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Question of the Day
On the heels of a difficult and unsightly loss, one that ended with mild-mannered catcher Brian Schneider berating reporters and overturning a clubhouse chair, manager Frank Robinson was optimistic his Washington Nationals would rebound and put Sunday’s ugliness behind them.
“That was yesterday,” Robinson said before the Nationals faced the Atlanta Braves last night at RFK Stadium. “Today’s a new day.”
The calendar may have concurred. The on-field result suggested otherwise.
Washington was pounded during a 10-4 loss to the Braves that featured record-setting performances by a pair of Atlanta players and some more testiness from the home team.
By night’s end, a crowd of 21,550 saw Chipper Jones hit three home runs in the same game for the first time in his career and teammate Matt Diaz tie a National League record by hitting safely in 10 consecutive at-bats before finally grounding out in the ninth.
Not the kind of history the Nationals wanted to be a part of. And certainly not the kind of bounce-back game Robinson was hoping for in the wake of Sunday’s fiasco.
“The effort was there tonight,” the manager said. “We just didn’t have a chance to consistently put it into play. The game got away from us. … It got out of hand.”
The day began well enough. Tempers in the Nationals’ clubhouse were considerably cooler compared with the previous day, with only a handful of players walking in and out without saying much. Schneider, who was not in the starting lineup because Washington was facing left-hander Chuck James, did not address reporters.
Robinson spoke with Schneider and a handful of other players before the game to “get the facts” about Sunday’s incidents but proclaimed the issue dead and wasn’t worried about any lingering effects.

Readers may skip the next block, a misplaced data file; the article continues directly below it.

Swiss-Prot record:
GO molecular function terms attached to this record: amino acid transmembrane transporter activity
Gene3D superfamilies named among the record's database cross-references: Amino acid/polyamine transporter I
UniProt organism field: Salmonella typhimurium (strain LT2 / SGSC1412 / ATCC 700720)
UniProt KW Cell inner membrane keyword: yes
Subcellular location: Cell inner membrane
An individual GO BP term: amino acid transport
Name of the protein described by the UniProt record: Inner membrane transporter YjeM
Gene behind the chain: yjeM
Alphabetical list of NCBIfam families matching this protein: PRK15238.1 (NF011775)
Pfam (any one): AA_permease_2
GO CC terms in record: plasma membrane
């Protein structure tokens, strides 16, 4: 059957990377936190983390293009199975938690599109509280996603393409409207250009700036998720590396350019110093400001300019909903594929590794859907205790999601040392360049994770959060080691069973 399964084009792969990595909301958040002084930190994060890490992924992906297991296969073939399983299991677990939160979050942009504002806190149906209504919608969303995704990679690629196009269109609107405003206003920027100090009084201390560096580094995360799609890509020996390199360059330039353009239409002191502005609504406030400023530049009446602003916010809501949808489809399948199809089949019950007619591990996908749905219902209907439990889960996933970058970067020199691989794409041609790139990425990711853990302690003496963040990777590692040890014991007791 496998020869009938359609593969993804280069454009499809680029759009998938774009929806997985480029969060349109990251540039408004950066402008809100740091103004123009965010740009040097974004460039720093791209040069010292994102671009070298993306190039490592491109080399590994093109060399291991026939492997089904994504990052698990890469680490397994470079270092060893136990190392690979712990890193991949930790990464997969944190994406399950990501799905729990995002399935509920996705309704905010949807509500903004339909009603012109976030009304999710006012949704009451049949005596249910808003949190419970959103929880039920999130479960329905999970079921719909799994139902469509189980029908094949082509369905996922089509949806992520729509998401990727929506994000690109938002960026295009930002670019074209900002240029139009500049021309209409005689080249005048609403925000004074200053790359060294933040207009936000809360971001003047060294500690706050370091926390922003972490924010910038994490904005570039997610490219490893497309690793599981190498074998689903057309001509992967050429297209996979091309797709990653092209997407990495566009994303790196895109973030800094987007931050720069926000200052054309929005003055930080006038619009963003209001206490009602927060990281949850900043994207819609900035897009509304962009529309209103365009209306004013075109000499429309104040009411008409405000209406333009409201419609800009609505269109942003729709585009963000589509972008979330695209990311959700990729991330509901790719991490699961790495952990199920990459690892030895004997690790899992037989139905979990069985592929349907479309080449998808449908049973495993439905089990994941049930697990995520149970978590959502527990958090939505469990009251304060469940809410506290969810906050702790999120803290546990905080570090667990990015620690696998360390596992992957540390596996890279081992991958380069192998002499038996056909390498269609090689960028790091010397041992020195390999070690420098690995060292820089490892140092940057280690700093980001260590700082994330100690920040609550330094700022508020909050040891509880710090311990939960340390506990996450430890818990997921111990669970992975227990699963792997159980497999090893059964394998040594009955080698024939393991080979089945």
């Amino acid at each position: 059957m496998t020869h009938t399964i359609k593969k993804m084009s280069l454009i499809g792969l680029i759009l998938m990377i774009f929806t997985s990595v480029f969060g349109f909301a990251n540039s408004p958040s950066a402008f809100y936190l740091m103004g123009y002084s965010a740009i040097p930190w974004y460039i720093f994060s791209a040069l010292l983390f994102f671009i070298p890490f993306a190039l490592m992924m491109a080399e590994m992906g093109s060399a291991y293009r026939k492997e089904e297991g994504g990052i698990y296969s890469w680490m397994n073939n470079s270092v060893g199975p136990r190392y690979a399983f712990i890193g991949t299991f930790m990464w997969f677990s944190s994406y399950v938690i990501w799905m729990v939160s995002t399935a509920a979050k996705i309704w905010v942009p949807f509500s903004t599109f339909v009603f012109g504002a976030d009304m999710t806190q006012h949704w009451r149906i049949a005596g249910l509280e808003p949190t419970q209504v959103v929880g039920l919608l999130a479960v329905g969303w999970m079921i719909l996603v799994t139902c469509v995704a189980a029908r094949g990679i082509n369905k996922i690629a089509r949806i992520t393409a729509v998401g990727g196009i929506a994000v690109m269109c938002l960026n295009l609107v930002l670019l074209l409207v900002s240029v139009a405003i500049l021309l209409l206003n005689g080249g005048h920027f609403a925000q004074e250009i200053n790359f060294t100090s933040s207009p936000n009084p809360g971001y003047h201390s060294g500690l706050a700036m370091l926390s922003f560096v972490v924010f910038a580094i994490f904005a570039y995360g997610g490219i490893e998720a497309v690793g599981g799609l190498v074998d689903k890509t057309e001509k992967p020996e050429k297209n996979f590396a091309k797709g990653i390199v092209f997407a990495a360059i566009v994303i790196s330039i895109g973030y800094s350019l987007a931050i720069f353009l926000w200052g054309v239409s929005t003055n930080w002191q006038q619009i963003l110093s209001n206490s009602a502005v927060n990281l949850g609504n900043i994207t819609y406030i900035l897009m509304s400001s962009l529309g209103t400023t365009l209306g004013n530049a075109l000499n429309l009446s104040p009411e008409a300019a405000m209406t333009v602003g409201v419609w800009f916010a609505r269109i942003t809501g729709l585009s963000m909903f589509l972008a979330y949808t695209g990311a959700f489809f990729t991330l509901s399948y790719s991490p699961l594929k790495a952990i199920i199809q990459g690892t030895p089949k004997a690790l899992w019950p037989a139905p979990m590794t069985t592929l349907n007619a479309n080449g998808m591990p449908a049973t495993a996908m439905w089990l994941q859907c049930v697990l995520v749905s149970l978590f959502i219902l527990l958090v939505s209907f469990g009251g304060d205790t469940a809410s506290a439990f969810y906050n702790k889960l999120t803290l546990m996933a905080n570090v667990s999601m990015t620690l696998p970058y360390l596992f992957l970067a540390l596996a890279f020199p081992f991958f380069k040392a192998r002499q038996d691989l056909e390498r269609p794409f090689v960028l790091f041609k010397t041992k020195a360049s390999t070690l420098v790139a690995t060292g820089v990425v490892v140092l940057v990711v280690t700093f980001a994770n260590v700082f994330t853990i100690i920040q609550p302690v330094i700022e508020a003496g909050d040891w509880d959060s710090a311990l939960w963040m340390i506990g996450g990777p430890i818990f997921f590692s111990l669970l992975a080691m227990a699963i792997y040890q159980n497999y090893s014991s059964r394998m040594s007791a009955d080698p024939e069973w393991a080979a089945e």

“I look at it as a heat-of-the-moment thing,” Robinson said. “We had just lost a tough ballgame, and a question was asked that’s been asked on a number of occasions prior to yesterday. It just hit the wrong button, and that’s the kind of reaction you’re going to get sometimes after a tough loss. That’s the way I look at it.”
So the Nationals set out to open a four-game series against the Braves on a more uplifting note. It didn’t take long for things to start spiraling downward, with the combination of Ramon Ortiz’s ineffectiveness and Diaz’s hot bat proving to be deadly.
Diaz entered the game with six straight hits, so he was already on a roll by the time he walked into the ballpark. By the time he walked out, he had etched his name into the record books, thanks in large part to a Nationals pitching staff that kept deciding to pitch around Adam LaRoche to get to him.
LaRoche walked in the second inning, and Diaz followed with a two-run homer. Washington elected to walk LaRoche intentionally in the fourth with two outs and a runner on third, and again Diaz came through, this time with an RBI single to left.
In the Nationals dugout, word of Diaz’s streak began spreading.
“We kind of found out in the third inning down in the bullpen,” said reliever Travis Hughes, who wound up surrendering the 28-year-old’s fourth hit of the evening. “I mean, he’s on fire right now.”
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